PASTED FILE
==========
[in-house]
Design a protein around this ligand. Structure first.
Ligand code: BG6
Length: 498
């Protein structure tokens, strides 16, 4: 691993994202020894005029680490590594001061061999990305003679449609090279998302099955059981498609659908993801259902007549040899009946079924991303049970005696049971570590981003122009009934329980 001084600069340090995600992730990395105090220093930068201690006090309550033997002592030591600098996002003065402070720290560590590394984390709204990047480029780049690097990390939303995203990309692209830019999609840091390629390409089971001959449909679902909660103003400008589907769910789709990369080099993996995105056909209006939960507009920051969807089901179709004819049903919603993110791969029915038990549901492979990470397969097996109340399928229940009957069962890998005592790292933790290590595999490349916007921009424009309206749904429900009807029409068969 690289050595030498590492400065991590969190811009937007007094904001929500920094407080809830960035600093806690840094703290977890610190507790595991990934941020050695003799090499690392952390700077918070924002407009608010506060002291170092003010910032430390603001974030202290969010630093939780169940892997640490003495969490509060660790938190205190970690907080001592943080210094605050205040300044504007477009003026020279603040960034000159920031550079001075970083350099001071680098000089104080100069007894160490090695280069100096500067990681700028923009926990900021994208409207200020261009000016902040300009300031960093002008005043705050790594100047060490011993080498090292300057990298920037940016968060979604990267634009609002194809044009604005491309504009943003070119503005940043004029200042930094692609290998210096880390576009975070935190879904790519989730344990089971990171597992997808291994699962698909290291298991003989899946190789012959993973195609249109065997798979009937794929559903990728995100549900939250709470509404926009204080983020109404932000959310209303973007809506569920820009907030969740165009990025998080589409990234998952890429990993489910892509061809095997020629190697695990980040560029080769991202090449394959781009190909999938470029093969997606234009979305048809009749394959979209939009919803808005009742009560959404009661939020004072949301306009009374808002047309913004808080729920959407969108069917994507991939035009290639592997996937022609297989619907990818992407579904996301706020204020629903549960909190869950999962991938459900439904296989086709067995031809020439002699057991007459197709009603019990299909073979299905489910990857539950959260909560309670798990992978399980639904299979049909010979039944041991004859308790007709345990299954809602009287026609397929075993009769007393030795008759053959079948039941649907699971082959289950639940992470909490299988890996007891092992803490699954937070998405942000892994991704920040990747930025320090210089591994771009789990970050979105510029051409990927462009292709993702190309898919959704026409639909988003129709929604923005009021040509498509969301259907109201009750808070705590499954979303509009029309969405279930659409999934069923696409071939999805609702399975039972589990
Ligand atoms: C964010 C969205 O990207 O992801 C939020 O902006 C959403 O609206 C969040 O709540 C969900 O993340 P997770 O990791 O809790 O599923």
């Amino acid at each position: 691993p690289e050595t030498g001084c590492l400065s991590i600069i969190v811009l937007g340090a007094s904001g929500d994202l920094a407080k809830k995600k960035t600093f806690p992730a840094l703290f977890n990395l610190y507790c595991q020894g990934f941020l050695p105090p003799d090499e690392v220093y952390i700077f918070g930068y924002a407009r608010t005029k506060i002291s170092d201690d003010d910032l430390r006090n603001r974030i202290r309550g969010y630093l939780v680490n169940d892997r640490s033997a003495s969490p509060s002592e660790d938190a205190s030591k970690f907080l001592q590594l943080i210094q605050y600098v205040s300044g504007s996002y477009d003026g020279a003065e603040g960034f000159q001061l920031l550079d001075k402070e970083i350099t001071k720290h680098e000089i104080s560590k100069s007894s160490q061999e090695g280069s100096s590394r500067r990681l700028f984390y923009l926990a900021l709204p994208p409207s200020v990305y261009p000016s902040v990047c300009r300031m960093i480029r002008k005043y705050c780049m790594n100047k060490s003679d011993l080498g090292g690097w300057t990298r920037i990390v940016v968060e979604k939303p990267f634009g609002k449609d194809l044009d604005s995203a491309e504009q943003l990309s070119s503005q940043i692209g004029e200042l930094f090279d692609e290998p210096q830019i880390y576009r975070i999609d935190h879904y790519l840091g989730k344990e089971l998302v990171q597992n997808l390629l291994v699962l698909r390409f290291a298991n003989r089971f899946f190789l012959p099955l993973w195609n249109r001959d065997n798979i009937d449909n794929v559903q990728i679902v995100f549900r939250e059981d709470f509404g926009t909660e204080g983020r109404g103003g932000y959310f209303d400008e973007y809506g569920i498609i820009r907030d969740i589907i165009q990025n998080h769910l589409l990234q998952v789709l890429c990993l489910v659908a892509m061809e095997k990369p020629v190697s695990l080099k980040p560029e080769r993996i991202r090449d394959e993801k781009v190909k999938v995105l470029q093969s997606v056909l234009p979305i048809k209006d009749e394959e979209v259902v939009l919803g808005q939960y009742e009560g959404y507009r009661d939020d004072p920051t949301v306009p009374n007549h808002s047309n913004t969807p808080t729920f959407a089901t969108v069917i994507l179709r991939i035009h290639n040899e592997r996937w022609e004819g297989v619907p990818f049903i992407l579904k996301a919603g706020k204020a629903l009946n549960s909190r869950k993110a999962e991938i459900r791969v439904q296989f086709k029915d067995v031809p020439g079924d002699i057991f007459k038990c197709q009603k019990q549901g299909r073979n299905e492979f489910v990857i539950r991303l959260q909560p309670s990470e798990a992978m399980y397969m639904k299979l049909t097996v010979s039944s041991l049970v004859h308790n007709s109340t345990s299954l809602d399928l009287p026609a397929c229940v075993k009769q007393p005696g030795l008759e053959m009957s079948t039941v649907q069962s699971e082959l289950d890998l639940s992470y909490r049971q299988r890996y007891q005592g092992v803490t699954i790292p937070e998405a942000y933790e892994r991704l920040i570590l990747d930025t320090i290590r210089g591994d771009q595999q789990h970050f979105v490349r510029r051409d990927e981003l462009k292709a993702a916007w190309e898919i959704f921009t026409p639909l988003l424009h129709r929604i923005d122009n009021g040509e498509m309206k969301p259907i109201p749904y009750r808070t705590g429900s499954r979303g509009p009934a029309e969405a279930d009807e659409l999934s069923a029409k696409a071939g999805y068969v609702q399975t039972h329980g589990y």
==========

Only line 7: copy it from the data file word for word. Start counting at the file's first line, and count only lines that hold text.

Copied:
């Amino acid at each position: 691993p690289e050595t030498g001084c590492l400065s991590i600069i969190v811009l937007g340090a007094s904001g929500d994202l920094a407080k809830k995600k960035t600093f806690p992730a840094l703290f977890n990395l610190y507790c595991q020894g990934f941020l050695p105090p003799d090499e690392v220093y952390i700077f918070g930068y924002a407009r608010t005029k506060i002291s170092d201690d003010d910032l430390r006090n603001r974030i202290r309550g969010y630093l939780v680490n169940d892997r640490s033997a003495s969490p509060s002592e660790d938190a205190s030591k970690f907080l001592q590594l943080i210094q605050y600098v205040s300044g504007s996002y477009d003026g020279a003065e603040g960034f000159q001061l920031l550079d001075k402070e970083i350099t001071k720290h680098e000089i104080s560590k100069s007894s160490q061999e090695g280069s100096s590394r500067r990681l700028f984390y923009l926990a900021l709204p994208p409207s200020v990305y261009p000016s902040v990047c300009r300031m960093i480029r002008k005043y705050c780049m790594n100047k060490s003679d011993l080498g090292g690097w300057t990298r920037i990390v940016v968060e979604k939303p990267f634009g609002k449609d194809l044009d604005s995203a491309e504009q943003l990309s070119s503005q940043i692209g004029e200042l930094f090279d692609e290998p210096q830019i880390y576009r975070i999609d935190h879904y790519l840091g989730k344990e089971l998302v990171q597992n997808l390629l291994v699962l698909r390409f290291a298991n003989r089971f899946f190789l012959p099955l993973w195609n249109r001959d065997n798979i009937d449909n794929v559903q990728i679902v995100f549900r939250e059981d709470f509404g926009t909660e204080g983020r109404g103003g932000y959310f209303d400008e973007y809506g569920i498609i820009r907030d969740i589907i165009q990025n998080h769910l589409l990234q998952v789709l890429c990993l489910v659908a892509m061809e095997k990369p020629v190697s695990l080099k980040p560029e080769r993996i991202r090449d394959e993801k781009v190909k999938v995105l470029q093969s997606v056909l234009p979305i048809k209006d009749e394959e979209v259902v939009l919803g808005q939960y009742e009560g959404y507009r009661d939020d004072p920051t949301v306009p009374n007549h808002s047309n913004t969807p808080t729920f959407a089901t969108v069917i994507l179709r991939i035009h290639n040899e592997r996937w022609e004819g297989v619907p990818f049903i992407l579904k996301a919603g706020k204020a629903l009946n549960s909190r869950k993110a999962e991938i459900r791969v439904q296989f086709k029915d067995v031809p020439g079924d002699i057991f007459k038990c197709q009603k019990q549901g299909r073979n299905e492979f489910v990857i539950r991303l959260q909560p309670s990470e798990a992978m399980y397969m639904k299979l049909t097996v010979s039944s041991l049970v004859h308790n007709s109340t345990s299954l809602d399928l009287p026609a397929c229940v075993k009769q007393p005696g030795l008759e053959m009957s079948t039941v649907q069962s699971e082959l289950d890998l639940s992470y909490r049971q299988r890996y007891q005592g092992v803490t699954i790292p937070e998405a942000y933790e892994r991704l920040i570590l990747d930025t320090i290590r210089g591994d771009q595999q789990h970050f979105v490349r510029r051409d990927e981003l462009k292709a993702a916007w190309e898919i959704f921009t026409p639909l988003l424009h129709r929604i923005d122009n009021g040509e498509m309206k969301p259907i109201p749904y009750r808070t705590g429900s499954r979303g509009p009934a029309e969405a279930d009807e659409l999934s069923a029409k696409a071939g999805y068969v609702q399975t039972h329980g589990y």